The SGR Has Been Repealed. Now What?

With the long awaited and historic repeal of the sustainable growth rate (SGR) formula two weeks ago, national health policy analysts and North Carolina Medical Society (NCMS) staff have been digging through the legislation to uncover what it all means for you and your practice going forward.

First, add a new acronym to your vocabulary – MACRA, which stands for Medicare Access and CHIP Reauthorization Act, which is the legislation that repealed the SGR.

See a year-by-year summary of MACRA’s new payment structures through 2026 and beyond here.

Most immediately, some practices may have had claims processed at the decreased rate before the bill was signed into law. Palmetto GBA, the Medicare administrator for North Carolina, offers answers to the questions they’ve received about this here.

MACRA contains many provisions beyond repeal of the SGR, perhaps most significantly that Physician compensation will be adjusted based on performance under the new law’s Merit-Based Payment Incentive System (MIPS). This includes incentive/penalty programs like the Physician Quality Reporting System (PQRS), EHR/Meaningful Use Incentive Program, and Value-Based Payment Modifier (VBPM). Professionals who treat few Medicare patients, or those who receive a significant share of their revenue from eligible Alternative Payment Models (APMs) will be excluded from the MIPS.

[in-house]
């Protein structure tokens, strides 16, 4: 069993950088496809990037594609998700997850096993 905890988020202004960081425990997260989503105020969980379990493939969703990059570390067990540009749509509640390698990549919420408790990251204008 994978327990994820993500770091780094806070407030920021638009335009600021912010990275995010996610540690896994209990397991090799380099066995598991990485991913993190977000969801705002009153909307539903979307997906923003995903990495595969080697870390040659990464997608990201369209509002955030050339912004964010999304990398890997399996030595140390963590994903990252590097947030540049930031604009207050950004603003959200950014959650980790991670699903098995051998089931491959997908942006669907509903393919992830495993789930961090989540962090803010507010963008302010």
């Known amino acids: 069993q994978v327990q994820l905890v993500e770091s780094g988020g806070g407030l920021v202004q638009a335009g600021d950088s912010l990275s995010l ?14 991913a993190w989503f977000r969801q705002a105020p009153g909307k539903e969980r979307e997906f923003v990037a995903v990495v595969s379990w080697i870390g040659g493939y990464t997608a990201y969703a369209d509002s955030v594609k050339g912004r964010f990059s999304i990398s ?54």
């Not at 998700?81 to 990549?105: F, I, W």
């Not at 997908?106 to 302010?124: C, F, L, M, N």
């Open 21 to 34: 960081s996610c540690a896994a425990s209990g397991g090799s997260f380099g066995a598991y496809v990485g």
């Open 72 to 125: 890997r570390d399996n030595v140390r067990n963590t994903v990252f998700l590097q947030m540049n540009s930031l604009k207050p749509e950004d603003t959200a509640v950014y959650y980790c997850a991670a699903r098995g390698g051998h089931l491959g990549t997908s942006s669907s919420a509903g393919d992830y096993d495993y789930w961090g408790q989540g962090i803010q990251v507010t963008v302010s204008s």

Get a better understanding of these various programs and the deadlines that apply at the Quality Time with the NCMS webpage (you must register on the NCMS website in order to access the information on this page).

Other provisions include:

  • Electronic Health Records (EHR) must be interoperable by 2018 and prohibits providers from deliberately blocking information sharing with other EHR vendor products. MACRA defines “Interoperability” as “the ability of two or more health information systems or components to exchange clinical and other information…to provide access to longitudinal information for health care providers in order to facilitate coordinated care and improved patient outcomes.”
  • Extension of funding for Community Health Centers (CHC) and National Health Service Corps Fund (NHSC) and Teaching Health Centers. The fund for all three programs was set to expire in September 2015, but MACRA authorizes an additional two years of funding through fiscal year 2017.
  • No delay in implementation of ICD-10.

Watch the NCMS Bulletin and website for ongoing updates on what the new law means for you.

 
 

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